David Miller

Obsessed as we are by Covid, there may be object lessons for us from a much older human virus: Chickenpox.

So, who cares? Kids don’t seem to catch it anymore. That’s because a Japanese scientist developed a safe and effective vaccine in 1986. By 1995 it had come into widespread use, and, as a result, chickenpox has pretty well disappeared from the community.

Before that, nearly every kid caught chickenpox. During the mid-twentieth century, it was a common custom for parents to hold ‘pox parties’ as a way of getting it over and done in childhood because everybody knew that adult chickenpox was a much more severe disease. 

For most kids, while it was horrible to be covered by pox sores, most got over it within a week or ten days. 

From almost 70 years ago, I can still remember the fiery pain and my pox-ugly face looking back from the mirror. The final pockmark left a lasting scar, still visible on my forehead. 

Strange but true, the chickenpox virus can lie dormant for many decades in people who were infected but never vaccinated. That would mostly be the boomers. Then, it can erupt in a horrible way in those later years. So let’s name and shame. 

Virus Hide

The Varicella Virus can hide in the human body for over half a century and then be responsible for the awful rash of shingles (herpes zoster). It can erupt following physical or mental stress or in an immune-compromised person. 

The virus sleeps in a nerve ganglion, like an egg of the mythical dragon, unmoving all those years. If it’s lodging in a spinal nerve, upon awakening, it sparks down the nerve like a gunpowder fuse, and within day it explodes onto skin as a painful rash. 

This presents on one side of the chest wall along the line of the intercostal nerve. If it’s dormant in the head, it’s located in the trigeminal nerve. From there, the rash follows that nerve branch into the scalp and eye region, leading to the possibility of blindness, even brain damage. 

The pain, that can persist after the rash has gone, is called post-herpetic neuralgia. Complete recovery can be problematic.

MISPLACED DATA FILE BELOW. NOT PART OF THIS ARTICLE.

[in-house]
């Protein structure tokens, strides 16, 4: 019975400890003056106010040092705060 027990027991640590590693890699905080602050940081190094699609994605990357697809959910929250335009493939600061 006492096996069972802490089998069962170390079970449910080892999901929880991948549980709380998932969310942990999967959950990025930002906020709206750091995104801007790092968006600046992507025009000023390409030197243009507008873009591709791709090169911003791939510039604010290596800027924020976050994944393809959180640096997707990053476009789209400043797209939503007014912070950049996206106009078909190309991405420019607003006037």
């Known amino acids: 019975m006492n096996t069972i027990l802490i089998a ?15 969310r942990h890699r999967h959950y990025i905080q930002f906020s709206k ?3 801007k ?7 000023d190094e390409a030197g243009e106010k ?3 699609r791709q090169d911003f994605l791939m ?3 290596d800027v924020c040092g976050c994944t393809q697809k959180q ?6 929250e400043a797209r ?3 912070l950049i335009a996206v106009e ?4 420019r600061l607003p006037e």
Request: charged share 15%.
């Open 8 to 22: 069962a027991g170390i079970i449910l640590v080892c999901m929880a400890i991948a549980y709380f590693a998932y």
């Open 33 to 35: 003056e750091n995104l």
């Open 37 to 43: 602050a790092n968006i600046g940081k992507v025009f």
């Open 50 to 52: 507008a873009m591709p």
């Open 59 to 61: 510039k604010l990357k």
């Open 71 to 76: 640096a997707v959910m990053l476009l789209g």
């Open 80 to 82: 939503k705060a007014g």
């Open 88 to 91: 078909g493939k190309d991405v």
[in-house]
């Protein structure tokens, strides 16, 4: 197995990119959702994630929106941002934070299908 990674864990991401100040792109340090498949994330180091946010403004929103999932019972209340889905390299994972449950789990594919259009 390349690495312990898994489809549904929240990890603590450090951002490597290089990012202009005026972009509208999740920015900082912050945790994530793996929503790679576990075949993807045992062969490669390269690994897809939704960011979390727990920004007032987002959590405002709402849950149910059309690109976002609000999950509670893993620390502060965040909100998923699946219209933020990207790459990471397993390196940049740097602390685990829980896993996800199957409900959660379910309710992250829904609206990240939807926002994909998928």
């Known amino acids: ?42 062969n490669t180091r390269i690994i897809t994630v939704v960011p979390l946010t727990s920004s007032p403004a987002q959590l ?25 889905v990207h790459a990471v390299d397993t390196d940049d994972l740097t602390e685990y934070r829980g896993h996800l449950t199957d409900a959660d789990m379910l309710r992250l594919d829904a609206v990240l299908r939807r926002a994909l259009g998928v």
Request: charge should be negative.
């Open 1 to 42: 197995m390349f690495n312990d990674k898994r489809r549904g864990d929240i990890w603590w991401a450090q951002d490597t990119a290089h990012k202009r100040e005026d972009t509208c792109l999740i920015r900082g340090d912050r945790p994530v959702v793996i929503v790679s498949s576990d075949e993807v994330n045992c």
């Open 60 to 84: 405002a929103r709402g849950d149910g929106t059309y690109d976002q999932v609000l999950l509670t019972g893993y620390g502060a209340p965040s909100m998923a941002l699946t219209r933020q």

Why am I telling this horror story? There are a few reasons. 

It’s Preventable 

The first is that Shingles is entirely preventable in older folk. A single dose of shingles vaccine will find and destroy the dragon’s egg. 

Zostavax is the same as chickenpox vaccine, given as a single shot but in a different dose than kids. For anyone over 70, it is free of charge. 

After decades in medical practice, I do recall that shingles can exhibit in people much younger than age 70. The age restriction is hard to fathom. Every case is one too many. 

Secondly, a new vaccine called Shingrix has been approved for younger people, but it is user-pay at $250-350 per dose. Two shots are required. 

Thirdly, there seems to be a low level of community awareness about the dangers of shingles and many people are caught unawares or not diagnosed in time for treatment. If you think you might be a candidate, it might be wise to ask your doctor. As usual, prevention is better than cure. 

Last but not least, the varicella virus showcases the long virus effect. We are still in the infancy of Covid disease, but we are hearing of many ‘long haul’ cases. Could it bounce back on unvaccinated victims in 50 years in some strange as yet unimagined form? The future is unwritten. 

Get Vaccine, Have No Pox

The good news is that the varicella vaccine in kids prevents chickenpox disease. What’s more, the Varicella dragon cannot lay its egg in a vaccinated child. 

In the years ahead, Shingles may be a thing of the past, but for now, it might pay to be aware of the possibility of the uninvited lodger. 

David Miller is a retired GP who writes on Health and Travel.

Nothing in this article should be construed as medical advice. It is story and metaphor only and does not claim to be accurate. Advice about health should be sought from your doctor or appropriate authority. 

Leave a Reply

Your email address will not be published.